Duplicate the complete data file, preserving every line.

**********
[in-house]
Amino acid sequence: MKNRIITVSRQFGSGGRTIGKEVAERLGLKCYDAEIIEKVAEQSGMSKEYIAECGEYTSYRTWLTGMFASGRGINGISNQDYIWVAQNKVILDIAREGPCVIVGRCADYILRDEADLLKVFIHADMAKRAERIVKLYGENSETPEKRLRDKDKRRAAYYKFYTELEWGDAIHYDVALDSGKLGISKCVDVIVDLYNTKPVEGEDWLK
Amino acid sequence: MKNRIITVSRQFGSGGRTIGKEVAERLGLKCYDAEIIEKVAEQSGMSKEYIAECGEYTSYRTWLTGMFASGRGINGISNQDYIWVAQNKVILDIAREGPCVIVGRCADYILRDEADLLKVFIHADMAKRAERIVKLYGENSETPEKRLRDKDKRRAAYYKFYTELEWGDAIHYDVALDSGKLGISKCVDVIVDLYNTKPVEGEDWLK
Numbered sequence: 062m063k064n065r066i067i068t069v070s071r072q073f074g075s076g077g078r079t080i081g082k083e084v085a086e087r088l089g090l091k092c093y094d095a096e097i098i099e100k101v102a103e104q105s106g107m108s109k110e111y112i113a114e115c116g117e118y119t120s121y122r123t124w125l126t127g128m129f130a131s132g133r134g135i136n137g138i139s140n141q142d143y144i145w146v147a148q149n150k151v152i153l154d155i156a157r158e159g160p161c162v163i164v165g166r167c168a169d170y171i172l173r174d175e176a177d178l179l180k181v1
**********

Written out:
[in-house]
Amino acid sequence: MKNRIITVSRQFGSGGRTIGKEVAERLGLKCYDAEIIEKVAEQSGMSKEYIAECGEYTSYRTWLTGMFASGRGINGISNQDYIWVAQNKVILDIAREGPCVIVGRCADYILRDEADLLKVFIHADMAKRAERIVKLYGENSETPEKRLRDKDKRRAAYYKFYTELEWGDAIHYDVALDSGKLGISKCVDVIVDLYNTKPVEGEDWLK
Amino acid sequence: MKNRIITVSRQFGSGGRTIGKEVAERLGLKCYDAEIIEKVAEQSGMSKEYIAECGEYTSYRTWLTGMFASGRGINGISNQDYIWVAQNKVILDIAREGPCVIVGRCADYILRDEADLLKVFIHADMAKRAERIVKLYGENSETPEKRLRDKDKRRAAYYKFYTELEWGDAIHYDVALDSGKLGISKCVDVIVDLYNTKPVEGEDWLK
Numbered sequence: 062m063k064n065r066i067i068t069v070s071r072q073f074g075s076g077g078r079t080i081g082k083e084v085a086e087r088l089g090l091k092c093y094d095a096e097i098i099e100k101v102a103e104q105s106g107m108s109k110e111y112i113a114e115c116g117e118y119t120s121y122r123t124w125l126t127g128m129f130a131s132g133r134g135i136n137g138i139s140n141q142d143y144i145w146v147a148q149n150k151v152i153l154d155i156a157r158e159g160p161c162v163i164v165g166r167c168a169d170y171i172l173r174d175e176a177d178l179l180k181v1